Prostate Cancer

Biopsy for prostate cancer

In this summary men we interviewed describe their experiences of biopsies. If the initial tests (rectal examination, PSA or ultrasound) show the possibility of cancer, men are usually asked to have a biopsy, in which a sample of cells is taken from the prostate to be looked at under the microscope. The biopsy is usually done through the back passage (rectum), but occasionally it can be taken through the skin behind your testicles (the perineum) or while you are having a cystoscopy examination (via the urethra).

Men we interviewed who had biopsies had very different experiences. Most reported that the biopsy was uncomfortable, but not painful. One man said that it was no more uncomfortable than having a blood sample taken, and others thought the description of a biopsy as 'being flicked with an elastic band', was a good description. One man found the procedure more embarrassing than painful and another man said that his privacy and dignity were not always respected.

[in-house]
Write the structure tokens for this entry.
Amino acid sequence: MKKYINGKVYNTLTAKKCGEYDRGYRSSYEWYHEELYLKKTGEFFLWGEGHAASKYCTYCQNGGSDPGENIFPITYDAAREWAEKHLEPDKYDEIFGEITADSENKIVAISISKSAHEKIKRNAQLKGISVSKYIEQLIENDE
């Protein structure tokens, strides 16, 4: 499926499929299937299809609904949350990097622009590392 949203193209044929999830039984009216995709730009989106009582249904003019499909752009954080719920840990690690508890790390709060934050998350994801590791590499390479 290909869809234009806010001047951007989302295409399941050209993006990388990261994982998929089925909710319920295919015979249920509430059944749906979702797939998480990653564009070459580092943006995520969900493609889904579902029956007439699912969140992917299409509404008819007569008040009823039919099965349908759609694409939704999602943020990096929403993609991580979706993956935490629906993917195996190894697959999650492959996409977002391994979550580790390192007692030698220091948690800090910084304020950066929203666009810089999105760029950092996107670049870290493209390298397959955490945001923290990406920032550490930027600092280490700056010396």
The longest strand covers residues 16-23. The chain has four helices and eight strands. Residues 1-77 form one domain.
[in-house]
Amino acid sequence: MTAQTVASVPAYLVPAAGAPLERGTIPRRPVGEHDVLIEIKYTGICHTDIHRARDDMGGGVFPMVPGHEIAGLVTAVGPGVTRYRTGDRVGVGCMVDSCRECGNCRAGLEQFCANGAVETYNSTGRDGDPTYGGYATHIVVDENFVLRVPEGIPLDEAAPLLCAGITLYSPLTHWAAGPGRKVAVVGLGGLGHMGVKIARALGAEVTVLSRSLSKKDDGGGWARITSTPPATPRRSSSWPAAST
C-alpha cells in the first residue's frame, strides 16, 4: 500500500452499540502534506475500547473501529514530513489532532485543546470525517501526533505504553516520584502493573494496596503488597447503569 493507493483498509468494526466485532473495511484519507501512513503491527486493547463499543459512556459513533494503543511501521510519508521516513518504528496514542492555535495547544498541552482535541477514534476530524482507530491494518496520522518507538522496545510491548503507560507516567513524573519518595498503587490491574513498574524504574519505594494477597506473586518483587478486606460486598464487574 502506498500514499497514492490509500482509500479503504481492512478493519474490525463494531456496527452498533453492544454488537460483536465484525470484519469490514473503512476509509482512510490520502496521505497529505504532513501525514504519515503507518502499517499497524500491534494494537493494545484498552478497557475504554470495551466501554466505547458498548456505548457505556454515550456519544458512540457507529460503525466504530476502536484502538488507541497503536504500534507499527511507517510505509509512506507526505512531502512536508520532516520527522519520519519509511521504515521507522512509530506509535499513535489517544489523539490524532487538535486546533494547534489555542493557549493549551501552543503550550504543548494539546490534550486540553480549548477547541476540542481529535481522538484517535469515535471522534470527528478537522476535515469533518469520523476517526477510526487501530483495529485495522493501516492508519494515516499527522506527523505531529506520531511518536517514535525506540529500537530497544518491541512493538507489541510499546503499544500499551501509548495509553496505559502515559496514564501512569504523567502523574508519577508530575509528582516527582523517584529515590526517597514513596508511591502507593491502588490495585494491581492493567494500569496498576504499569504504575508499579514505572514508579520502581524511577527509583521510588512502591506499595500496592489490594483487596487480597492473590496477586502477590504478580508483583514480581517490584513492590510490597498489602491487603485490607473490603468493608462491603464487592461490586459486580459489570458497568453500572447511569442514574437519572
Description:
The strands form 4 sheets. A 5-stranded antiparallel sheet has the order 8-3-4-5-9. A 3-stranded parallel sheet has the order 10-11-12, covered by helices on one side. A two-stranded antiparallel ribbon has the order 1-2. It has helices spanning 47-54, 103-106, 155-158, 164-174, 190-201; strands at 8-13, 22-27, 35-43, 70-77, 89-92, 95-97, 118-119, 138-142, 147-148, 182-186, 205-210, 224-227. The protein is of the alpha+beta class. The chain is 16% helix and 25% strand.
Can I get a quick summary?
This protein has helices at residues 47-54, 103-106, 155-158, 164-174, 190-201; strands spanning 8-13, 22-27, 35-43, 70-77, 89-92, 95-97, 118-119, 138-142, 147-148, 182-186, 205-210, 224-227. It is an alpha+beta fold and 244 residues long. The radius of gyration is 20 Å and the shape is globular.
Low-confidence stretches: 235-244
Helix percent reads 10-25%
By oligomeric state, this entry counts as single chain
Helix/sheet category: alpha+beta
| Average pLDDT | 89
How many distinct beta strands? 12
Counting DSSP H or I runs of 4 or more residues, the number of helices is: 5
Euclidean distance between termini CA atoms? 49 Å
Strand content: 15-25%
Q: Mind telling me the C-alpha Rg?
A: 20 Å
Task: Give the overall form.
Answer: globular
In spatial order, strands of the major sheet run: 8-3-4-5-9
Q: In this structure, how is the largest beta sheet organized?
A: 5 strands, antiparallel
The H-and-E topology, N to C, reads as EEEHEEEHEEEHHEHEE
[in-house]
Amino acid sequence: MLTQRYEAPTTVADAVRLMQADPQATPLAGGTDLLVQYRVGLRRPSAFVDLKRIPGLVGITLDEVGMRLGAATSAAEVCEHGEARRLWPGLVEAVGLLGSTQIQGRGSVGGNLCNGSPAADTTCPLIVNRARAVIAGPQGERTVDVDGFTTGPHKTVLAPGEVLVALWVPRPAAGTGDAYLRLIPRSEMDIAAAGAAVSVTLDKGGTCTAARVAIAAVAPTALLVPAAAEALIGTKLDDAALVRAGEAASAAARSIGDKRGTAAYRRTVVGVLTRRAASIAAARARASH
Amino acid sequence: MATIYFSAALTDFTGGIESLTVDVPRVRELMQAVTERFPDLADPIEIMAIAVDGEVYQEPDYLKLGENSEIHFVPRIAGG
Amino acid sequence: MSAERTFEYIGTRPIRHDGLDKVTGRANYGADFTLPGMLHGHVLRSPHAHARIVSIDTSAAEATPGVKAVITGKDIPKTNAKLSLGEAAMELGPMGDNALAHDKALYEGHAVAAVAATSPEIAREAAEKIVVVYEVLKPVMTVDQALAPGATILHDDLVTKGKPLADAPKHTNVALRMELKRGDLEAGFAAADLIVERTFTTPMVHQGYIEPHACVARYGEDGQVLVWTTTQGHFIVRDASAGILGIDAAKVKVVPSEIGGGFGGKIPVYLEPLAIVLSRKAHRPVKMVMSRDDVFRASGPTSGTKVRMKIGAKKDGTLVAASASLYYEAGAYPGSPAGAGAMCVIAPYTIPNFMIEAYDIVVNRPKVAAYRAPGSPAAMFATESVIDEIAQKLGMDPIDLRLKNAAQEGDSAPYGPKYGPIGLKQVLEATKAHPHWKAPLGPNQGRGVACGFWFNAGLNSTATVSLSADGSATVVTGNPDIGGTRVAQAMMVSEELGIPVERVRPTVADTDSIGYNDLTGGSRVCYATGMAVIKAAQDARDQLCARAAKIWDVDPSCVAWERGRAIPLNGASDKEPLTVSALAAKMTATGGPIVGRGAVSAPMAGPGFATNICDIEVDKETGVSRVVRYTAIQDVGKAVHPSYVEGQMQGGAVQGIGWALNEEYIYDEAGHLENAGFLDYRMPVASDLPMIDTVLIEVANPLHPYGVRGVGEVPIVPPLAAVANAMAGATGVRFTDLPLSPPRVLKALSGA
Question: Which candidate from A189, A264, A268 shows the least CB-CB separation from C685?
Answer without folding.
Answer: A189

However, a number of the men we interviewed found the biopsy painful and quite distressing. One man likened the biopsy to 'an air gun in reverse', and another said that the procedure 'brought tears to your eyes'. A man who had a biopsy done in a private hospital in 1994 described the biopsy as 'ghastly'. In 1997 he had another biopsy, this time within the National Health Service, but he found the experience equally painful, and refused to allow more than four cell samples to be taken. The use of Periprostatic nerve block (PNB) with local anaesthesia before a prostate biopsy is now considered standard care, patients should not undergo the procedure without it. 

Others found the procedure painful, but said that the pain was relatively short lived.

Occasionally biopsies are done through the perineum.

For more experiences of biopsy for prostate cancer see the Healthtalk - PSA testing website.

Last reviewed July 2017.

Last updated July 2017.

 

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